Recently I was blessed to be able to take a brief trip to Chicago with my closest friend and her sister. You see, my friend lives on the other side of the globe and we typically only see each other for a few days each year. Needless to say, we do our best to pack a lot of fun into those few days and enjoy the time we do have together before she heads back across the ocean. Hence, this Chicago trip.
During the few days that we were there, we did our best to hit all the “biggies” that tourist typically visit – Navy Pier, Shedd Aquarium, Field Museum, Willis Tower (formerly Sears’ Tower), the John Hancock Center, The Art Institute of Chicago, a Cubs’ game at Wrigley Field, the Magnificent Mile, etc. And of course we ate Chicago pizza and Chicago hot dogs! (And we just MIGHT have found an amazing cupcake place and visited it TWICE?!?!) And mixed in with all this touring, there was lots of laughing and talking and memory-making that took place.
However, during those days I could sense the Lord quietly reminding me of something…..perspective.
The first afternoon we were there, we decided to visit Navy Pier. It was overcast and windy (of course) and off and on we had some light rain, but we enjoyed our time meandering along the pier and just visiting, thankful to all be together. When we eventually made it to the end of the pier, we turned around and could see a great view of Chicago! Being our first day and all, we were trying to figure out which tall building was which. And even the next morning, at Shedd Aquarium, we were a little ways out from downtown and had an amazing view of the city and all its’ architecture.
However, once we were downtown, and walking around at ground level, the city looked TOTALLY different! It was hard to tell which building was which and even harder to get our bearings, because the buildings were so close to us. And some of them just seemed huge!
While we were there, we had the opportunity to go to the top of a couple of those huge buildings and again, the perspective changed! It was easy to figure out where we were and where we had been, simply because we had a different viewpoint.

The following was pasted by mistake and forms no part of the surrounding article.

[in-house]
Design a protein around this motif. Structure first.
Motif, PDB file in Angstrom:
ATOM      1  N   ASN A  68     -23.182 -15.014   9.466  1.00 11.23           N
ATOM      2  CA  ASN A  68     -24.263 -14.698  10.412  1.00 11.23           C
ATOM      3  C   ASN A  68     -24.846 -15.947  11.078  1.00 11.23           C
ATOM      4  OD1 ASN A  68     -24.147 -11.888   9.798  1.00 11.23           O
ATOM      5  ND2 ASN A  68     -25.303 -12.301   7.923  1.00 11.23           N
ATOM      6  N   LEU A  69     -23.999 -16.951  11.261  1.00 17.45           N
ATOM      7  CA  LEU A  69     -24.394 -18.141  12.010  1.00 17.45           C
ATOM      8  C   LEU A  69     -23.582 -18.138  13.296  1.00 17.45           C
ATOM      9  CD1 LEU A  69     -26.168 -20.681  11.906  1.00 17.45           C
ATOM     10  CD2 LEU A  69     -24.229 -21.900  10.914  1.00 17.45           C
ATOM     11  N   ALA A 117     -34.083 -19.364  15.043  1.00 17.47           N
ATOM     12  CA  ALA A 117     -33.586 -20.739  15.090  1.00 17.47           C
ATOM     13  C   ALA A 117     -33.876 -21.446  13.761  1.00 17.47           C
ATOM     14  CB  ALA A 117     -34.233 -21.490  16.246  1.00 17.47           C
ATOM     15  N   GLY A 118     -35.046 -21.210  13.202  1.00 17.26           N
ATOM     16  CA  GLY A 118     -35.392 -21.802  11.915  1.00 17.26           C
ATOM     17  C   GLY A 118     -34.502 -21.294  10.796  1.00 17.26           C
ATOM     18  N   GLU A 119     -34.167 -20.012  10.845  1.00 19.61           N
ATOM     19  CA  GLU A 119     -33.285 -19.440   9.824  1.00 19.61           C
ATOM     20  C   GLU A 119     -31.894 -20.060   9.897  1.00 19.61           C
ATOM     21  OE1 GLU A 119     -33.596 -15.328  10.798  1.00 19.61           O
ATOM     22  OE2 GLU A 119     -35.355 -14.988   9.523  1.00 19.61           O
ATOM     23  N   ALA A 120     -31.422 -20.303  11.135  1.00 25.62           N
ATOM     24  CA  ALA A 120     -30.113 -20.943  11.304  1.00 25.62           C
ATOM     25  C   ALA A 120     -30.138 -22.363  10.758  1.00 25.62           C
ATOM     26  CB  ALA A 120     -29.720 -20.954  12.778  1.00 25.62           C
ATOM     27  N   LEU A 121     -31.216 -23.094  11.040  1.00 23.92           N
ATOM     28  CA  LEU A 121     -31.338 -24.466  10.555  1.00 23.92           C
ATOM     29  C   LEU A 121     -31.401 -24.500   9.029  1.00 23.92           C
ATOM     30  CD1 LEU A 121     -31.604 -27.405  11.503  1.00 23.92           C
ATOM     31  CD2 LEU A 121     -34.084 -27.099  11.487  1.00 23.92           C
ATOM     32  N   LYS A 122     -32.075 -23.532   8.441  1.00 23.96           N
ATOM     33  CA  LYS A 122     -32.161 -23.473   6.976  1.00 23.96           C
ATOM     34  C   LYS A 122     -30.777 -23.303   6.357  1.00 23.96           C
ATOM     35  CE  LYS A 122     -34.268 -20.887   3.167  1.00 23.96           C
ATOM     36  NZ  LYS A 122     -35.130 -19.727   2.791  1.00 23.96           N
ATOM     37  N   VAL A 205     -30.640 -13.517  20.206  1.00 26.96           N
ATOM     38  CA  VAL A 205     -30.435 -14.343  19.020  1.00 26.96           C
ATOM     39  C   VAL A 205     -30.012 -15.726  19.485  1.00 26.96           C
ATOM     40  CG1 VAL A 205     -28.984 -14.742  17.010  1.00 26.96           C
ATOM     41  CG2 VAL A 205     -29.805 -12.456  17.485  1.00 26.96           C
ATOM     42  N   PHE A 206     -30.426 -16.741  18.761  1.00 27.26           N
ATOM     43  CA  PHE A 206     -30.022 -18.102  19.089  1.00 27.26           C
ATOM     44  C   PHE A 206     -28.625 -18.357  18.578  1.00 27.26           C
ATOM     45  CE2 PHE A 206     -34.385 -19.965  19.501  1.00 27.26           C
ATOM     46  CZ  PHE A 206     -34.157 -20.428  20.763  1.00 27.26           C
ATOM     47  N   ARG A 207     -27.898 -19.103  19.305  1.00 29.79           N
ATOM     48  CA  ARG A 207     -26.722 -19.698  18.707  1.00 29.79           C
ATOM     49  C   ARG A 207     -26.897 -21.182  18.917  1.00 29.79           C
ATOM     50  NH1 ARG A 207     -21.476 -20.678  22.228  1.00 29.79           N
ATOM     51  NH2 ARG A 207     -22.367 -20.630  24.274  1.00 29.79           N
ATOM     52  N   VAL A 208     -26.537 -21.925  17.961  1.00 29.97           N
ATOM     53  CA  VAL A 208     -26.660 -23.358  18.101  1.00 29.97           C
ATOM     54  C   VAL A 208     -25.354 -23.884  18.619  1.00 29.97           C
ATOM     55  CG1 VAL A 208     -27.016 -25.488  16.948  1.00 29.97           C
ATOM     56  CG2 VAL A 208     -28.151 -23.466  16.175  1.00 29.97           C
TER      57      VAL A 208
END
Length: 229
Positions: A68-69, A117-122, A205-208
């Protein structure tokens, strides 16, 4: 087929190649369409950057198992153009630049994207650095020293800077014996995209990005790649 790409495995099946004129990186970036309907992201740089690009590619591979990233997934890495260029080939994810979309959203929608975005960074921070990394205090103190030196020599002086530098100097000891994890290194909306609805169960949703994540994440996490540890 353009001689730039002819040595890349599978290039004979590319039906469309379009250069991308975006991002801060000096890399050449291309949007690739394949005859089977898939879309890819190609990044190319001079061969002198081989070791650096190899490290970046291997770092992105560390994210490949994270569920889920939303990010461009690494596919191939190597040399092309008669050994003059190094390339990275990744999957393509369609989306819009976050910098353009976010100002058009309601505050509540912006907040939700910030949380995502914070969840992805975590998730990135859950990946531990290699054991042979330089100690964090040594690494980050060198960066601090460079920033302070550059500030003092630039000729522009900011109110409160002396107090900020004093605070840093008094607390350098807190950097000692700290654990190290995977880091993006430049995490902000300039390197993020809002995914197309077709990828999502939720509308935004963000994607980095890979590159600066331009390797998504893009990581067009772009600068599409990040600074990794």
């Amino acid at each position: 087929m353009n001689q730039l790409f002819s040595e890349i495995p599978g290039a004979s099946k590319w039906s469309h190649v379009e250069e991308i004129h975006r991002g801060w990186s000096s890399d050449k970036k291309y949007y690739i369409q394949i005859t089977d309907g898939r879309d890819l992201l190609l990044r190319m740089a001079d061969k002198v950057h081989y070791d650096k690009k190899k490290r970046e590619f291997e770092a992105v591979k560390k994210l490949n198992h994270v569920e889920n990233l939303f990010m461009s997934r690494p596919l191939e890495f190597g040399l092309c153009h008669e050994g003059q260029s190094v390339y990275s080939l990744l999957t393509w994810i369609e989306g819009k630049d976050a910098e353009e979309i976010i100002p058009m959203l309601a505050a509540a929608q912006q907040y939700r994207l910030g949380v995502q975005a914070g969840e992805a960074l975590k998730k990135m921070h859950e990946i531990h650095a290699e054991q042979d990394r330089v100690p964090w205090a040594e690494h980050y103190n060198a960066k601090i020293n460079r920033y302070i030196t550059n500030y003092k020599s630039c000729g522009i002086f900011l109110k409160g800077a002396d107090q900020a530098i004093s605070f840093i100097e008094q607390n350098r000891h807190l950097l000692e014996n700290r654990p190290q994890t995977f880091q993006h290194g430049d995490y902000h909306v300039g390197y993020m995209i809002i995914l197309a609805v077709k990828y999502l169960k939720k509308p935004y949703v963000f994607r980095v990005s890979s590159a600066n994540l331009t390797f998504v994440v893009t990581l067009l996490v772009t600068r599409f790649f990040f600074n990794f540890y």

And so it is with life.
It seems that at times, when we are in the middle of something-whether it’s a trial or just the chaos of life-we tend to lose perspective. It’s easy to become consumed with whatever is looming over us at the moment and lose sight of the bigger picture.
So what do we do when that happens?
Personally, I’ve found that my perspective (or lack of perspective) is directly related to my daily walk with Christ. For me, when I discover that I’ve lost my perspective, I know I need to find a way to get away, change my scenery, and spend some time alone with Him. And during that time, let Him remind me of the bigger picture.
- Ask yourself, “What is God’s perspective on this?”
- Search the Scripture for wisdom and encouragement
- Ask yourself, “How can I see things differently?”
- Pray and ask Him to give you godly insight
2 Cor. 4:16-18 “Therefore we do not lose heart, but though we are wasting away, yet inwardly we are being renewed day by day. For our light and momentary troubles are achieving for us an eternal glory that far outweighs them all. So we fix our eyes not on what is seen, but on what is unseen. For what is seen is temporary, but what is unseen is eternal.”
Of course, “changing our scenery” isn’t always going to be a four-day trip to Chicago. (Although trips and vacations are a great time to think about perspective.) Some days it may look more like locking yourself in your bedroom for 15 minutes of quiet, alone time! Or maybe slipping out to the backyard one evening. Or finding an hour to go sit at a favorite coffee shop, park, or the library. Different seasons of life may dictate when and how we can “change our scenery.” But the important thing is to find a time and a place every now and then to just get away, even for a few minutes, and let Him remind you of His perspective. Even Jesus, on his busiest day, found time to get alone with his Father. How much more do I need that?